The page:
When did you first know that you wanted to be a photographer?
I got serious about photography around my junior year of high school. I had taken photo classes for a couple years at that point, but wasn’t thinking about it in any sort of long term way. I was a fairly bad kid. I did a lot of sneaking around, lying, drugs, partying, etc. and eventually got caught and got in big trouble. My parents decided to take action, and I wasn’t allowed to socialize much that year. At first it seemed like the worst prison sentence of all time, but it was the best thing for me. I stopped being so destructive and focused more on productive things. I also realized my parents weren’t the enemy and that they just wanted to help me out. So, that was the year I really fell in love with photography. My bedroom walls were filled with torn out magazine pages – mostly from Vogue, Harper’s Bazaar, and Rolling Stone. There was nothing I wanted more than to be Irving Penn, Richard Avedon, or Annie Leibovtiz which was a pretty big improvement from not even wanting to finish high school a year earlier.
Fellow terrible teenager here! Amazing that you made such a big turnaround so quickly. Did you end up going to art school?
I did (sort of). I went to Tisch School of the Arts at NYU. Definitely was an art school, but at NYU you take the full academic course load as well. I really enjoyed college, and the photography department at Tisch was pretty tiny so the friends I made there are still some of my closest friends today. For being such a small department, a lot of talent has come out of Tisch Photo – or at least during the four years I was there.
What brought you to LA?
I just needed a change. I wasn’t enjoying life in NYC as much as I had in the past. The only things keeping me there were a few close friends and work. I started to think about where I could live and do the type of work I wanted to do. The only other city I’d spent time and worked in was LA. I decided to give it a try for a month on my own. I did an apartment swap and was happy for the first time in a long time during that month. I also had an agent at the time whose main presence was in LA. So, I decided to spend more time there. I downsized in New York and left a very nice apartment for a small studio. I rented a one bedroom in LA for a year. During that year I went back and forth for about a month or so at a time. My goal was at the end of that year I would make a decision about where I wanted to live. I also happened to meet my now husband during that year in LA which ultimately made the decision for me. Professionally, it was a more difficult transition than I had anticipated. I think there was a novelty to being a New York photographer in LA, but once I moved here I was just another LA photographer. Also, there were a few other inconvenient obstacles that popped up around that time – the economy was crappy, digital became the industry standard, and magazines were folding left and right. It was rough for a couple years, but I adapted and changed. Now I’ve been here over eight years and am so happy I made the move.
Can you tell me about your project Untitled Japan? How long did you spend on it? Are you currently working on any personal projects?
Yes, I’m actually still working on that project. I’ve been working on it for about nine years now. I go to Japan a couple times a year specifically to photograph. Last year I actually went three times because I was fortunate enough to get a couple shoots there. I’ve been trying to work there more and more. I first visited Japan in 2004 with my parents and pretty much just fell in love. My husband and I went there on our honeymoon in 2006, and that was his first trip. I think he felt the same way I did, and we’ve traveled back together many many times since then.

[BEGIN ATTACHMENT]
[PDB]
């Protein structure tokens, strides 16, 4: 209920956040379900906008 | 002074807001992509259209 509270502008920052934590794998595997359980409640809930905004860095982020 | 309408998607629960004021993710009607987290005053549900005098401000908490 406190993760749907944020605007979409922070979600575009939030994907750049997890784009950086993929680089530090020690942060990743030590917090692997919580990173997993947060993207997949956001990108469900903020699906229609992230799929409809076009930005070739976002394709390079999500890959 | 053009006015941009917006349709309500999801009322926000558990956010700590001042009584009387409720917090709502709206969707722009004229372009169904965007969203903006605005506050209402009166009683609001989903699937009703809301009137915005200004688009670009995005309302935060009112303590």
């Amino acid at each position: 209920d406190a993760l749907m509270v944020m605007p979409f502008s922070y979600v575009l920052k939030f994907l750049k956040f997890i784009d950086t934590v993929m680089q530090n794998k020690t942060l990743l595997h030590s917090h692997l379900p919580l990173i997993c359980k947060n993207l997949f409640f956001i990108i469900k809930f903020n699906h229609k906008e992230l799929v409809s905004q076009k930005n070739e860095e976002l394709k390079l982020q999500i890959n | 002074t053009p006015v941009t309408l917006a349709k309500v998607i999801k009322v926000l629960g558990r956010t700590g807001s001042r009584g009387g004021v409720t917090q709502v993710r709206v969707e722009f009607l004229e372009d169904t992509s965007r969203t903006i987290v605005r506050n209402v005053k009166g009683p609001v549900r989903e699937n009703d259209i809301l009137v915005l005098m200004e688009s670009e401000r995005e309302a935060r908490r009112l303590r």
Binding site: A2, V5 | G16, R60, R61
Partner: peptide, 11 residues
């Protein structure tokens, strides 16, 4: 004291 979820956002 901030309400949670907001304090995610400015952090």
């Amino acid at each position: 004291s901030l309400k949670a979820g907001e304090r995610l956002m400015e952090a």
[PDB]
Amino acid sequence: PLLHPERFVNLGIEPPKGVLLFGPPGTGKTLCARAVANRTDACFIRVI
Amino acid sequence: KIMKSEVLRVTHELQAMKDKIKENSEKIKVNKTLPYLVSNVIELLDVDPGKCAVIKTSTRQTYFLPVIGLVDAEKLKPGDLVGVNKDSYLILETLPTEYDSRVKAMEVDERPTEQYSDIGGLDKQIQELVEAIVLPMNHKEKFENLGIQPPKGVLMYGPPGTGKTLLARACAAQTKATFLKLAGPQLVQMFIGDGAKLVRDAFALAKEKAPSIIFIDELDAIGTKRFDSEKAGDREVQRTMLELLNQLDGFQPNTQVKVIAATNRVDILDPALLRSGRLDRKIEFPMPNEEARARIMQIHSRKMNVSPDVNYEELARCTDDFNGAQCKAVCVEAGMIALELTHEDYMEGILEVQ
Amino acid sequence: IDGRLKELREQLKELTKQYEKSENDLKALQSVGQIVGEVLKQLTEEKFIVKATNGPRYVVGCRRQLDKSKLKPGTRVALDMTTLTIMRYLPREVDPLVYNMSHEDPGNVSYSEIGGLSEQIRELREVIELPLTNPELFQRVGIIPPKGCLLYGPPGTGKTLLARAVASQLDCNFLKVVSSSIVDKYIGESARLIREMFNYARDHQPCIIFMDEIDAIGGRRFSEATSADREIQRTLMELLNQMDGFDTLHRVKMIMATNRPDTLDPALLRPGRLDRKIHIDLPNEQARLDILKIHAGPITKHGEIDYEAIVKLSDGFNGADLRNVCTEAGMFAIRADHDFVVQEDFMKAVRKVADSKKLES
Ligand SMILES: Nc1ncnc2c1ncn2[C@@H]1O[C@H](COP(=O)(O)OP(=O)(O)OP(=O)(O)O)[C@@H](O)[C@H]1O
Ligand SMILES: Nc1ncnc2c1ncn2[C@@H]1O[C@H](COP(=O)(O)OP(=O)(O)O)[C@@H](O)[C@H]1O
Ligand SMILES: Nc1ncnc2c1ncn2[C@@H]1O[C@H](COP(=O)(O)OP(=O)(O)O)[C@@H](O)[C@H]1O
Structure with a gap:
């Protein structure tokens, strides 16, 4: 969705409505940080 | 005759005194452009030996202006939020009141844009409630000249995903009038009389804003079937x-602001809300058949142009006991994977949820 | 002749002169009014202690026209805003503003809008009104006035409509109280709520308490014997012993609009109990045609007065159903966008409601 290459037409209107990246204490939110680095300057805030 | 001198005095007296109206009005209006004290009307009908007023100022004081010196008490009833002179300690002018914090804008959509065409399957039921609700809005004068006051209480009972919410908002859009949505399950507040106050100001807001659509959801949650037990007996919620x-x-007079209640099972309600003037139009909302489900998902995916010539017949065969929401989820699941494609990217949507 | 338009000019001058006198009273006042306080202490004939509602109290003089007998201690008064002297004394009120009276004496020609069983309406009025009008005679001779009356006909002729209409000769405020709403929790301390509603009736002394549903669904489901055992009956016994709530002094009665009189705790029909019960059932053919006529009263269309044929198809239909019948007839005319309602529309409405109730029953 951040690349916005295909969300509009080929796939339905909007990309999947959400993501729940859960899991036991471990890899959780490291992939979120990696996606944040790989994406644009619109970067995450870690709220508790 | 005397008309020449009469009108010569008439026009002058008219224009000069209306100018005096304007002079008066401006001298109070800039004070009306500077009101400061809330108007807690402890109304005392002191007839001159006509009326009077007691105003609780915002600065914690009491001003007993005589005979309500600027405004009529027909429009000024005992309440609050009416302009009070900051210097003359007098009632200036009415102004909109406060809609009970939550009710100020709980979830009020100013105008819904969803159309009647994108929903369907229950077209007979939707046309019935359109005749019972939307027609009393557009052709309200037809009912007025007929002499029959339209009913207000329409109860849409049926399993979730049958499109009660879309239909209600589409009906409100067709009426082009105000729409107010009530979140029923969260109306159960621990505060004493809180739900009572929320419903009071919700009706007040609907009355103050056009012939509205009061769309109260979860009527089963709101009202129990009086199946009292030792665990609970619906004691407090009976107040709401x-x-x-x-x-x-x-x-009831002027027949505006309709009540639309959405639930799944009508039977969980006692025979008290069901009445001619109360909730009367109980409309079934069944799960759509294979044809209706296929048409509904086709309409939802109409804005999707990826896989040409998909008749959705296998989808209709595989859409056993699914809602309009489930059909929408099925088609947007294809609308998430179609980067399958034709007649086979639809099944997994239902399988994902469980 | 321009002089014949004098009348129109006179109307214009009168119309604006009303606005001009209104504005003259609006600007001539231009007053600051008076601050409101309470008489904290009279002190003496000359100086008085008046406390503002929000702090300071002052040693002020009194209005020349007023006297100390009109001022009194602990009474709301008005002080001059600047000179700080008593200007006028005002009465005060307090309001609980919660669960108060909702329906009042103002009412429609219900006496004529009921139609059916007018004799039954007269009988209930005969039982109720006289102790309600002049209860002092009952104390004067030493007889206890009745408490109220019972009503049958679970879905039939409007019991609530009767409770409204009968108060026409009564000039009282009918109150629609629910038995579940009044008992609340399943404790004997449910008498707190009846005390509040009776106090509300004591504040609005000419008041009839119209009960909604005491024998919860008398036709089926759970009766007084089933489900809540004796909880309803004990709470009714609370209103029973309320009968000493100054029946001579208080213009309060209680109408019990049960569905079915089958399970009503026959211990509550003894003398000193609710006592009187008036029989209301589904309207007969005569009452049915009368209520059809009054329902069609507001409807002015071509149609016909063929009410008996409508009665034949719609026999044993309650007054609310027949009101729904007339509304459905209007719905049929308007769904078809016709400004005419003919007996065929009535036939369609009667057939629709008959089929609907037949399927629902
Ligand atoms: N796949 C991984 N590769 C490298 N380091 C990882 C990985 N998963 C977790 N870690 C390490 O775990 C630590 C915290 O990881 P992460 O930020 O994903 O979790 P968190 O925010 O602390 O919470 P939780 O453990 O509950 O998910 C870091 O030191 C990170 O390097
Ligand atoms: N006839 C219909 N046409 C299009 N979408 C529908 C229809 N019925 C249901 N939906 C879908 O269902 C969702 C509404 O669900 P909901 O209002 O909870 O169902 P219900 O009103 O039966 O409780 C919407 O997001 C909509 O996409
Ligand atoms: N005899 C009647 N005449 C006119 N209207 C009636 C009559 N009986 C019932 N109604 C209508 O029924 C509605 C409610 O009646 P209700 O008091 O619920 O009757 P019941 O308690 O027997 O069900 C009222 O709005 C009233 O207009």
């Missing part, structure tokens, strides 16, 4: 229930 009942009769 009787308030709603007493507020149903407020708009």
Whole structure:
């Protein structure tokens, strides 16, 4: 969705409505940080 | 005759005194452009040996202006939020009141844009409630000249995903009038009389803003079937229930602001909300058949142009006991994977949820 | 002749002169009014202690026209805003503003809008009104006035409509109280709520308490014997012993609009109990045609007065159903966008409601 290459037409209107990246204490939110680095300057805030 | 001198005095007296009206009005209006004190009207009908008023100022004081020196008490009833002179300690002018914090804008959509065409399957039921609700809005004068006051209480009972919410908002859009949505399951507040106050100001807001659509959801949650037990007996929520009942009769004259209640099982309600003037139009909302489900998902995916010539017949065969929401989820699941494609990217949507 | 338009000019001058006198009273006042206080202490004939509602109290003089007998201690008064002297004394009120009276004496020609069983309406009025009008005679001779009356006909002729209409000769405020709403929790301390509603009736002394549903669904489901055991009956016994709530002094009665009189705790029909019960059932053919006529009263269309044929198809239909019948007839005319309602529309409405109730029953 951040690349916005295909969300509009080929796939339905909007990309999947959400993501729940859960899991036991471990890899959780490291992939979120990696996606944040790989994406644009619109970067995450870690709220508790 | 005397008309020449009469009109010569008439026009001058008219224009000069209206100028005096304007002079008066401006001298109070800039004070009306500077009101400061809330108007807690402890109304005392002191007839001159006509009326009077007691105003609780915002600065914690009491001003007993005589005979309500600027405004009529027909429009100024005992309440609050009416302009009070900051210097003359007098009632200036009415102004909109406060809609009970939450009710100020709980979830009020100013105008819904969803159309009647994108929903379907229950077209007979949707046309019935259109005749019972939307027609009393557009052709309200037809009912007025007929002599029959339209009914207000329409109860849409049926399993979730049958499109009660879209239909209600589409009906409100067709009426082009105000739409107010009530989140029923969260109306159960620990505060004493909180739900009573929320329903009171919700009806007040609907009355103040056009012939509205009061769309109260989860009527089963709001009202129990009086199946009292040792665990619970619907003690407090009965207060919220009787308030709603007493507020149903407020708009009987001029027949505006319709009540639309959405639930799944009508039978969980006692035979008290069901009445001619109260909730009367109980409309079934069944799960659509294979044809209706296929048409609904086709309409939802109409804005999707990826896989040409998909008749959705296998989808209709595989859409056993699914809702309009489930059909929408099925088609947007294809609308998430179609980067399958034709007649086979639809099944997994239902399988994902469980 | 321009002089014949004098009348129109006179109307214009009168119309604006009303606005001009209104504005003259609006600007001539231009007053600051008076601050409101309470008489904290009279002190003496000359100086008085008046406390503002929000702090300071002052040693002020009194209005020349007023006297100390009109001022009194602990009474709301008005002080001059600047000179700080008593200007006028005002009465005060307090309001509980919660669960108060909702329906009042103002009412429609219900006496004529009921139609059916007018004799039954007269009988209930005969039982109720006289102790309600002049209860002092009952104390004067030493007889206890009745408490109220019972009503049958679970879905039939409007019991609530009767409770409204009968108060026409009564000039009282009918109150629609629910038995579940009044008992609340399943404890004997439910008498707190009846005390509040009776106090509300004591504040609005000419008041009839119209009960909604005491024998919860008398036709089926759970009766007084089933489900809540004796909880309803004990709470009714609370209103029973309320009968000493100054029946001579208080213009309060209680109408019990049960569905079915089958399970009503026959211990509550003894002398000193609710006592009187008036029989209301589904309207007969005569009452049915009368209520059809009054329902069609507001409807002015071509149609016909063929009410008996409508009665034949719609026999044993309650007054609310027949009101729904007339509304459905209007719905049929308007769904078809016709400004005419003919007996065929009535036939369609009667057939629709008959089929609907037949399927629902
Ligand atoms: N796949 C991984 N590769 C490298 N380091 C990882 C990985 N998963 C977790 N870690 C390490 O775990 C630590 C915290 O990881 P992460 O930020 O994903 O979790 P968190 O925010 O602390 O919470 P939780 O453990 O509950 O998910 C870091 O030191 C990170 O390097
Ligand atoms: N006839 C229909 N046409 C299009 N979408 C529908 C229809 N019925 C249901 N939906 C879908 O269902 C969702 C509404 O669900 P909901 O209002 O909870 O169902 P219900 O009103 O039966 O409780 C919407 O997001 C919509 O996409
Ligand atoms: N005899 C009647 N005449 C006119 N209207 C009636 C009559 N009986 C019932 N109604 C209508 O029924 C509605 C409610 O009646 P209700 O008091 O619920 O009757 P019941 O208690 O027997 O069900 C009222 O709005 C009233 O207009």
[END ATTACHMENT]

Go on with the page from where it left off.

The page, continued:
The project is loose. It doesn’t really have a title (which is something I am working on and want to remedy) or any sort of beginning, middle, or end. It’s been a way for me to reconnect with all the things I love about photography. It’s a meditation on a place, a feeling, an experience. It’s been an excuse for me to be very quiet and just look at things, which is my favorite way of working. The whole project has been a lot about discovery and/or re-discovery. At the beginning of it, I was just discovering a place. Throughout the years, it’s been more of a deeper discovery about what kind of photographer I am and want to be. On certain trips I’ve been so frustrated with being there, with myself and my pictures. Then I’ll go back again, and that trip will be like discovering fire. So, I’m not sure what it will look like in the end. I do know that I would like to publish it in book form.
I recently finished shooting for a project called Nature Calls that I worked on for about three years. So, now I’m doing some final color correction and figuring out what to do with that work. I’ll be photographing in Japan for the foreseeable future. Hopefully I’ll find another project that interests me closer to home.
If you could go back ten years and give yourself advice, what would it be?
I think the advice I’d give myself ten years ago would be pretty much the same as what I tell myself all the time today. Calm down a little bit, and don’t be so scared of everything. Don’t be scared of failing. Don’t be scared of succeeding. This is not life or death. Just do the best you can do on every shoot, and trust that you are good at what you do.
I think trusting yourself is really important. When we’re just starting out, we really need the approval of others just to make ends meet and survive. So, shoots become an exercise in doing what we think the client wants. I think I should’ve been more concerned with finding my own voice and perspective. Only as I got older and built more confidence over the years am I finally able to trust my gut feelings more and go with them.
Emily is based in Los Angeles. See more of her work, here.